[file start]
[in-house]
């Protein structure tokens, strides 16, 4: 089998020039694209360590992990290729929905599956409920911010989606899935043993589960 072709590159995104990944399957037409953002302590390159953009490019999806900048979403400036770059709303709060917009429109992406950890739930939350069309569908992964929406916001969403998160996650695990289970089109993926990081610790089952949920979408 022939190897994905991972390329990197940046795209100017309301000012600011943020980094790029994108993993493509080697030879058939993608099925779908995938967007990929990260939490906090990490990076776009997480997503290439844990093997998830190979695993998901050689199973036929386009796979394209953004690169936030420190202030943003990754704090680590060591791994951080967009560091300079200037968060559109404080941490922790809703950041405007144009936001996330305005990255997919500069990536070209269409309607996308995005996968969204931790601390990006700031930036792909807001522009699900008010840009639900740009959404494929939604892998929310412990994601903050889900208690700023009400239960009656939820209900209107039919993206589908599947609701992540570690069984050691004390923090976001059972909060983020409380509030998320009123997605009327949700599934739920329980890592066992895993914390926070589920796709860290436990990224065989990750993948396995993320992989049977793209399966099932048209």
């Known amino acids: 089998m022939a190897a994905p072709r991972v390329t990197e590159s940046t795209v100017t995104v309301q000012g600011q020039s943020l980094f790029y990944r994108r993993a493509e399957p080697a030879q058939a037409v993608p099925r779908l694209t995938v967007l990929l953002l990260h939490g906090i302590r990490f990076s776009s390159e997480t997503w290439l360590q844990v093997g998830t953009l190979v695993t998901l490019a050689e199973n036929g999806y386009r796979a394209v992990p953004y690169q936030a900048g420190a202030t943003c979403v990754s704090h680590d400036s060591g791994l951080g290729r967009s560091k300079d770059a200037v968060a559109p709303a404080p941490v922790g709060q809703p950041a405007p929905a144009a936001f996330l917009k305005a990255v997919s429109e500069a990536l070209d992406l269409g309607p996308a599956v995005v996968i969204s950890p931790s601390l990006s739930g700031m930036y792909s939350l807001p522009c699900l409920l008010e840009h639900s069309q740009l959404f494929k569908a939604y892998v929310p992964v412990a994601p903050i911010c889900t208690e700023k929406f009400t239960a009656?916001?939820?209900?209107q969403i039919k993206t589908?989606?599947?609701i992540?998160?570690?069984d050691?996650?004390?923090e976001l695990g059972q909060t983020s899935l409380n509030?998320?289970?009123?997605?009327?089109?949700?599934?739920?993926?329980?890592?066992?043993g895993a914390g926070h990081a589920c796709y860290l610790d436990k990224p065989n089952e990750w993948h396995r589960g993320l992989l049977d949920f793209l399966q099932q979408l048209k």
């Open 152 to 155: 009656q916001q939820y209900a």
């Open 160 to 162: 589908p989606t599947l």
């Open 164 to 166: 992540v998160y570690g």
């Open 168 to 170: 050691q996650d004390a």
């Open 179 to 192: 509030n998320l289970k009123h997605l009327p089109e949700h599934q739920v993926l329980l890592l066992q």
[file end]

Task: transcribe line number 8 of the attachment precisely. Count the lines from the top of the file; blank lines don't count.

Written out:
């Open 179 to 192: 509030n998320l289970k009123h997605l009327p089109e949700h599934q739920v993926l329980l890592l066992q």